Followed closely to the CRM, and gaining much more traction these days, the Certified Information Privacy Manager certification offers a deep dive into privacy workflows and key areas of privacy competence. Many attorneys and paralegals choose this certification over a CRM because it is a more natural extension of their professional degree. The legal space has become so crowded that even lawyers are seeking ways to distinguish themselves from the competition. The CIPM is administered by the International Association of Privacy Professionals.
Prior to the relatively recent nascence of the CIPM, the e-discovery space had been offering certifications such as the CEDS (Certified E-Discovery Specialist) to give credence to professionals trying to advance when it comes to legal holds and the workflow associated with discovery, as shown in the EDRM.net model. The CEDS is administered by the Association of Certified E-Discovery Specialists.
Finally, and perhaps most foreign to me, are the highly technical certifications offered in the security space such as the CISM (Certified Information Security Manager) or the CISSP (Certified Information Systems Security Professional). These are the certifications typically held by those that came from the IT space, including a degree in IT engineering or years of experience in the space. This is a critical deep dive that intimidates most IG professionals, because it is much drier and does not offer the relative breadth of say a CRM. For a good primer on both of these certifications go to Varoniscom.
You may have noticed that I did not include the IGP under the Deep Dive pillars section. This is because the IGP is a certification designed to give you a broad breadth of knowledge across the four deep dives noted above. I would recommend the IGP for anyone who, at minimum, already has deep expertise in one of these four areas. To go straight for the IGP without one of the other deep dives, I worry you will not have the perspective needed to truly oversee an IG program. The IGP certification is administered by ARMA International.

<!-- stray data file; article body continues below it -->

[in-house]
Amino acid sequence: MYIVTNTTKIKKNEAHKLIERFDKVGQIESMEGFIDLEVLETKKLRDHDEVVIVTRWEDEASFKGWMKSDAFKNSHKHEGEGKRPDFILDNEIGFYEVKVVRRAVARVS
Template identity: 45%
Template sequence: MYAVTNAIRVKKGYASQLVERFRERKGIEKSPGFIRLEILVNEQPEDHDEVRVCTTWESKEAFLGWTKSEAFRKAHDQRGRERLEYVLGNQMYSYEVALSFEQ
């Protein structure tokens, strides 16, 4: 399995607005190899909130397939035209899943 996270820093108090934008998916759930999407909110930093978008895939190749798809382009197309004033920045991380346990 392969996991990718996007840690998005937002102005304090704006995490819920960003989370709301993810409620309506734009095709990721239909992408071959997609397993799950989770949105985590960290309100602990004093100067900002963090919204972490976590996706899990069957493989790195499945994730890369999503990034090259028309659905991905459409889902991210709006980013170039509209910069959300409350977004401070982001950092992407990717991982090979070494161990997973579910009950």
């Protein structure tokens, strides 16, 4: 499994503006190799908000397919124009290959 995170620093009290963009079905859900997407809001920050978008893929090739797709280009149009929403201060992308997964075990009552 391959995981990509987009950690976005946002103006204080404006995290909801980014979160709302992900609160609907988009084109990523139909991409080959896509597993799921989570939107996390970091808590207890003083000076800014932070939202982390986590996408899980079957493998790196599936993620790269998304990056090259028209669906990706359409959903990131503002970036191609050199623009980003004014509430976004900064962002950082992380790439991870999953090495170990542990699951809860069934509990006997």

It is entirely possible that many others have come up the ranks through the old school of hard knocks. For many with extensive experience it might feel downright silly to pursue certifications considering that after 30 or 40 years in the industry you have more than earned your stripes. That said, I would argue that for those who may be at the mid-level of their career, the certifications could give you a leg up on the competition when seeking new job opportunities or advancements. Increasingly, for example, employers are requiring the IGP or CRM as minimum criteria for hiring.
Furthermore, even though you may have earned your stripes after 20+ years of work in RIM, for instance, you may still have some educational gaps in deep dives that have become more prevalent in the last few years like privacy and security. Also, if you are up for a C-level position overseeing an entire Information Governance program, the IGP could give you a much needed educational overview of all the touch points you will be overseeing in your position. I would argue the IGP should be a pre-requisite for anyone stepping into the shoes of CIGO or Director level of an Information Governance program.
For more on how cross-disciplinary expertise can inform more effective information management, check out this Infographic: The Changing Information Governance (IG) Paradigm